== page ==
In my early work, I tried to hide my personality, my psychological state, my emotions. This was partly due to my feelings about myself and party due to my feelings about painting at the time. I sort of stuck to my guns for a while but eventually it seemed like a losing battle. Finally, one must simply drop the reserve. — Jasper Johns
This quote from 1978 reads almost like a confession from the reticent American artist Jasper Johns. He is best known for paintings of iconic motifs such as the American flag, targets, numerals and maps, or what he describes as “things the mind already knows.” Their interpretations teeter between the mundane and the cryptic; and thus, the work’s formal qualities often take centre stage. John’s treatment of the surface is sensuous and his method is unfussy. Marks lay bare traces of the artist’s hand, even if the outcome seems cool and detached.
I remain fascinated by these internal contradictions. Johns’ works and words are slippery, thus when he speaks directly about a subject, one listens. There is an intense vulnerability in his 1978 quote, which articulates the tension between a work’s autonomy and its maker’s biography. Here’s another account:
“I think one wants from a painting a sense of life. The final suggestion, the final statement, has to be not a deliberate statement but a helpless statement. It has to be what you can’t avoid saying.”
A helpless statement that invites interpretation and speculation—including mine. An early work that reveal these impulses is In Memory of My Feelings – Frank O’Hara from 1961, in which the exuberance of John’s 1954–55 painting Flag is muted with shades of blue-greys. The piece is constructed from two panels, joined by hinges in the middle so the composition opens out like a book. Its title is borrowed from a poem by Frank O’Hara about the end of a relationship and ways of coping with such a loss. Using this link as a point of entry, art historian Jonathan Katz reads the painting as a eulogy for Johns’ intimate relationship with Robert Rauschenberg. Katz highlights the flag composition as an important marker that bookends both Johns’ breakthrough work and their lives as a couple. If the idea for Flag came to Johns in a dream, at risk of sounding melodramatic, In Memory of My Feelings was the end of that dream.
The work of art “has to be what you can’t avoid saying.” Johns came to my mind immediately when I was approached for this piece. Coming off the back of a recent body of work inspired by his target paintings, I am also interested in how writing mediates the experience of visual art. The use of image appropriation and textual references are strategies for layering meaning. Katz offered a perspective through the lens of sexuality contextualised in the social codes of Johns’ time, an era when it was dangerous to express queer desire.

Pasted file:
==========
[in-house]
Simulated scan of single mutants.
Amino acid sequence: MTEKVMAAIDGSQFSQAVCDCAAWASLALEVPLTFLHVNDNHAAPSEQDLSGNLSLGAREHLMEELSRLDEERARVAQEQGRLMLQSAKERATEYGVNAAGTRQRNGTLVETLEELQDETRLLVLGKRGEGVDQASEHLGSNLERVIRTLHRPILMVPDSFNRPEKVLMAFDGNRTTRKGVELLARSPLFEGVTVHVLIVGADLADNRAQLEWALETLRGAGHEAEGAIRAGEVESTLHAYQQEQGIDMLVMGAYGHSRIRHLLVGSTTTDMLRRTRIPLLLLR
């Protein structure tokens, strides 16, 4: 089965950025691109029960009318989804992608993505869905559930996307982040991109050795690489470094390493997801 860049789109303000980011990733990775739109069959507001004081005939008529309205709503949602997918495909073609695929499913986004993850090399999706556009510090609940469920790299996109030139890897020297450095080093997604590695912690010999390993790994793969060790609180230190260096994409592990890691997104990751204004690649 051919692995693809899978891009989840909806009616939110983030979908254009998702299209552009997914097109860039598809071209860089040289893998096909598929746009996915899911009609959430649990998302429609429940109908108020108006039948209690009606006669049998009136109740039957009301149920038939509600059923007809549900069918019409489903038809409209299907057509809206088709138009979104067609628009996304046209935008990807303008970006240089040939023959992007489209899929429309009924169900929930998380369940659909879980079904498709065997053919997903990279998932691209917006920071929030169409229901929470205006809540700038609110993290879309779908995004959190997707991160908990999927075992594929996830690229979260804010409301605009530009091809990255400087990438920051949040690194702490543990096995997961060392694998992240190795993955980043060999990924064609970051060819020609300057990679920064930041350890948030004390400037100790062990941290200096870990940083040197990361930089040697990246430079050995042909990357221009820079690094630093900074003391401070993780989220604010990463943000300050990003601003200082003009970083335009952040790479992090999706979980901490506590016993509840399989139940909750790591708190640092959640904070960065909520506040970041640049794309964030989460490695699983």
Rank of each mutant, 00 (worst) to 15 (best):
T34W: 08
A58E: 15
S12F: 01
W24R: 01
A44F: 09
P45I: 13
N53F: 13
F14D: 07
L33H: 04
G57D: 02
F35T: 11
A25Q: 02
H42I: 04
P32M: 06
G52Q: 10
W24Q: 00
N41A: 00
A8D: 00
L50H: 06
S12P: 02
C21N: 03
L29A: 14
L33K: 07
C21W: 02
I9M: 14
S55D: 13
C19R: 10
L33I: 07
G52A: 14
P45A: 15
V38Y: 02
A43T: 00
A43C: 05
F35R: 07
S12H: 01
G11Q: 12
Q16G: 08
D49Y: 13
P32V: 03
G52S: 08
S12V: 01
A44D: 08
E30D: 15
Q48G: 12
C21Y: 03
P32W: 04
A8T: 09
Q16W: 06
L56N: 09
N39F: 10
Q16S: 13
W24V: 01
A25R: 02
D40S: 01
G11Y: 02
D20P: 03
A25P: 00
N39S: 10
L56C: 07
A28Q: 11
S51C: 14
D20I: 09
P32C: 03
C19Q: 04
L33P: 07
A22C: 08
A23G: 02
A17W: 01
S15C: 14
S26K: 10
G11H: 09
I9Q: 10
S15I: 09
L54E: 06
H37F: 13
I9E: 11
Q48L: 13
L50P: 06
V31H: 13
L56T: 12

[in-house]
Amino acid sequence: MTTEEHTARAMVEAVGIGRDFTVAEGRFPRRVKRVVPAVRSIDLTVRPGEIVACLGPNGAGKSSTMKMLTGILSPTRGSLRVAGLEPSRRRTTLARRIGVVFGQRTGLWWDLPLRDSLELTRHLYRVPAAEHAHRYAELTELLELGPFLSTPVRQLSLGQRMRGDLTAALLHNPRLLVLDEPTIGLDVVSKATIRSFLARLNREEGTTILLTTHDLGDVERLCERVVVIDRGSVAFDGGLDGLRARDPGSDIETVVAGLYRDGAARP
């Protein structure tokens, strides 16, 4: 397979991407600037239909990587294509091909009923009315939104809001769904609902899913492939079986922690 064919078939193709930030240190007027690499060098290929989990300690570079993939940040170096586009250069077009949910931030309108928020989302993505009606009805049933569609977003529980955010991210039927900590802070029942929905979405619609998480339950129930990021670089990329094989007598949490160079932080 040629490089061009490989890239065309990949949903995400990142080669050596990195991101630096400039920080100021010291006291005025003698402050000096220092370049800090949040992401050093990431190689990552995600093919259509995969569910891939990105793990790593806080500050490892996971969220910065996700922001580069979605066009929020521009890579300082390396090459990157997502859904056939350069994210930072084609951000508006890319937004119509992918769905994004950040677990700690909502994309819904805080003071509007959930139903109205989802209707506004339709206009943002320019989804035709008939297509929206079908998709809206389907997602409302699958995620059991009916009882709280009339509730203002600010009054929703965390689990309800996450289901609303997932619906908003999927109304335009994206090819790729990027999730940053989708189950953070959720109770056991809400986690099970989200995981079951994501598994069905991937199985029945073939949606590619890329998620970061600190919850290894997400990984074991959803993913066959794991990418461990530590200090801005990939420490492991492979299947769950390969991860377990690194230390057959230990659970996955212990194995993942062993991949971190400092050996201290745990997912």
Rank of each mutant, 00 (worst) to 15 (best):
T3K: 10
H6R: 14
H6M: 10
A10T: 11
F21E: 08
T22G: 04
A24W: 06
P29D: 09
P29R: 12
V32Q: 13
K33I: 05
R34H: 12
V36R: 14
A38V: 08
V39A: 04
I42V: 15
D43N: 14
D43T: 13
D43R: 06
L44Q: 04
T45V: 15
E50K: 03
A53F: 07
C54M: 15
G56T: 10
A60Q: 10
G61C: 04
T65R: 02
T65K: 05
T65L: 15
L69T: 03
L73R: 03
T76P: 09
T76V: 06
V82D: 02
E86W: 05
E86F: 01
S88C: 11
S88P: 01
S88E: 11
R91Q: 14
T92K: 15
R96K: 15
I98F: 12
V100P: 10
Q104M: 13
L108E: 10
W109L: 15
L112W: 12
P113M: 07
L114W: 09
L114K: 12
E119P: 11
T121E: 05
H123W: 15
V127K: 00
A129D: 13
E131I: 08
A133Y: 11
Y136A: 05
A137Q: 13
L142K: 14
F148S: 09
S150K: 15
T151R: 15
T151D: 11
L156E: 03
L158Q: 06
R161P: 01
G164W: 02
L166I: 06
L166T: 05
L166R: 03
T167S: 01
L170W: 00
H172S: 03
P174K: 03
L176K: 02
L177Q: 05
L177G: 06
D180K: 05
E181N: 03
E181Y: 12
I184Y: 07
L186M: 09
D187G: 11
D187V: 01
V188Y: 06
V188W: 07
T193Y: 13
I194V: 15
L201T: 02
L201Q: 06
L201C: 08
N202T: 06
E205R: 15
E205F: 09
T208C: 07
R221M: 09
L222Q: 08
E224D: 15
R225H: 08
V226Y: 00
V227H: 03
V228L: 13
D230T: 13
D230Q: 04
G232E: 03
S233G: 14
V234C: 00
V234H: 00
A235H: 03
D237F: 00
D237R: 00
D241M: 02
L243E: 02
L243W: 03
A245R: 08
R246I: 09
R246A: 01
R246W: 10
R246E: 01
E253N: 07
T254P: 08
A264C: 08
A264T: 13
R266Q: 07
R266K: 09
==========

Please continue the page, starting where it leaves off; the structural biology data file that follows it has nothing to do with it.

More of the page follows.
To me, Johns’ oeuvre deals with the art of difference. He repeats a lexicon of motifs, making subtle shifts in each iteration only to generate greater dissonance. It’s about the destabilising grey area between seeing and meaning, troubling things the mind thinks it knows. A queer subtext is available, particularly in the appearance of charged symbols that allude to the body, but this reading never entirely consumes the work. The artist has offered fragments of meaning and revealed the source of his images; but consistently avoided explanation.
This gesture offers the possibility for viewers to find beauty in the oblique, in the mysterious. For artists, it is about negotiating the impulse for public expression and the desire for privacy. Just as there are layers of meanings, there are circles of trust among audiences. It is simply a fact about communication, that intimacy is not a given, but instead, a shared condition. At times, an artist is given permission to speak through the voice of another and we see Johns ventriloquizing through O’Hara in In Memory of My Feelings. At other moments, acts of voicing are less clear; he maintains the tension between knowing and not knowing, saying and not saying—a pregnant silence.
In her seminal 1964 essay Notes On Camp, Susan Sontag wrote: “Many things in the world have not been named, and many things, even if they have been named, have not been described.” The critical question has never been what a work of art is about, but what it is. Sontag also warned of the danger of viewing art as ‘content’ and how interpretation has the tendency to de-sensualise the art experience. Instead, she called for “an erotics of art,” urging, “What is important now is to recover our senses. We must learn to see more, hear more, to feel more.”
In front of Johns’ works, one must simply drop the reserve.
Jasper Johns, born 1930, is celebrated as one of the most influential American artists of the post-war era, whose work combines cerebral content with highly sensual handling of materials.